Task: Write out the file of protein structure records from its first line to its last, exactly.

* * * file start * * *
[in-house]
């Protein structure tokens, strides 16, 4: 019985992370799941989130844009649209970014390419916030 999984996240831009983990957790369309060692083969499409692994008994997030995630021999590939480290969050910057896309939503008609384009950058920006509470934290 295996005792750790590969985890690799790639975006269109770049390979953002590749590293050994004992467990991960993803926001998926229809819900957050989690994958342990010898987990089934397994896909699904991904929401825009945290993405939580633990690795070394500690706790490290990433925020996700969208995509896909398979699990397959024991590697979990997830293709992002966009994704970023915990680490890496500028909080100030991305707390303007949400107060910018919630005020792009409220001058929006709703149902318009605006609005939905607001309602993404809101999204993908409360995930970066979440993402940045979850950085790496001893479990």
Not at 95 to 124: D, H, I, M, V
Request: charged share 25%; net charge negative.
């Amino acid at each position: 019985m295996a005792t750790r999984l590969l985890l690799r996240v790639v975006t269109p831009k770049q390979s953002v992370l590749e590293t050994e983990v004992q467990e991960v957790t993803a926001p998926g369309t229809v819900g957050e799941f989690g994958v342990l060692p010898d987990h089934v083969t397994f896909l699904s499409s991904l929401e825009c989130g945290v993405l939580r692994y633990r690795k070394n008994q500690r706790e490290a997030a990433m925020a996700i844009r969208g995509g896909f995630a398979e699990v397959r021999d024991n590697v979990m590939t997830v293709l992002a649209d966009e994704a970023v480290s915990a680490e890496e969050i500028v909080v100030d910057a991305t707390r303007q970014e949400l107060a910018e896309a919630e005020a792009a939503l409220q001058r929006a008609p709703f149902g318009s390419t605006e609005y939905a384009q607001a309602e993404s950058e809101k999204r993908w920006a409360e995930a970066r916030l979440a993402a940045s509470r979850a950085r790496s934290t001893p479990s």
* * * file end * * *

[in-house]
């Protein structure tokens, strides 16, 4: 019985992370799941989130844009649209970014390419916030 999984996240831009983990957790369309060692083969499409692994008994997030995630021999590939480290969050910057896309939503008609384009950058920006509470934290 295996005792750790590969985890690799790639975006269109770049390979953002590749590293050994004992467990991960993803926001998926229809819900957050989690994958342990010898987990089934397994896909699904991904929401825009945290993405939580633990690795070394500690706790490290990433925020996700969208995509896909398979699990397959024991590697979990997830293709992002966009994704970023915990680490890496500028909080100030991305707390303007949400107060910018919630005020792009409220001058929006709703149902318009605006609005939905607001309602993404809101999204993908409360995930970066979440993402940045979850950085790496001893479990």
Not at 95 to 124: D, H, I, M, V
Request: charged share 25%; net charge negative.
């Amino acid at each position: 019985m295996a005792t750790r999984l590969l985890l690799r996240v790639v975006t269109p831009k770049q390979s953002v992370l590749e590293t050994e983990v004992q467990e991960v957790t993803a926001p998926g369309t229809v819900g957050e799941f989690g994958v342990l060692p010898d987990h089934v083969t397994f896909l699904s499409s991904l929401e825009c989130g945290v993405l939580r692994y633990r690795k070394n008994q500690r706790e490290a997030a990433m925020a996700i844009r969208g995509g896909f995630a398979e699990v397959r021999d024991n590697v979990m590939t997830v293709l992002a649209d966009e994704a970023v480290s915990a680490e890496e969050i500028v909080v100030d910057a991305t707390r303007q970014e949400l107060a910018e896309a919630e005020a792009a939503l409220q001058r929006a008609p709703f149902g318009s390419t605006e609005y939905a384009q607001a309602e993404s950058e809101k999204r993908w920006a409360e995930a970066r916030l979440a993402a940045s509470r979850a950085r790496s934290t001893p479990s």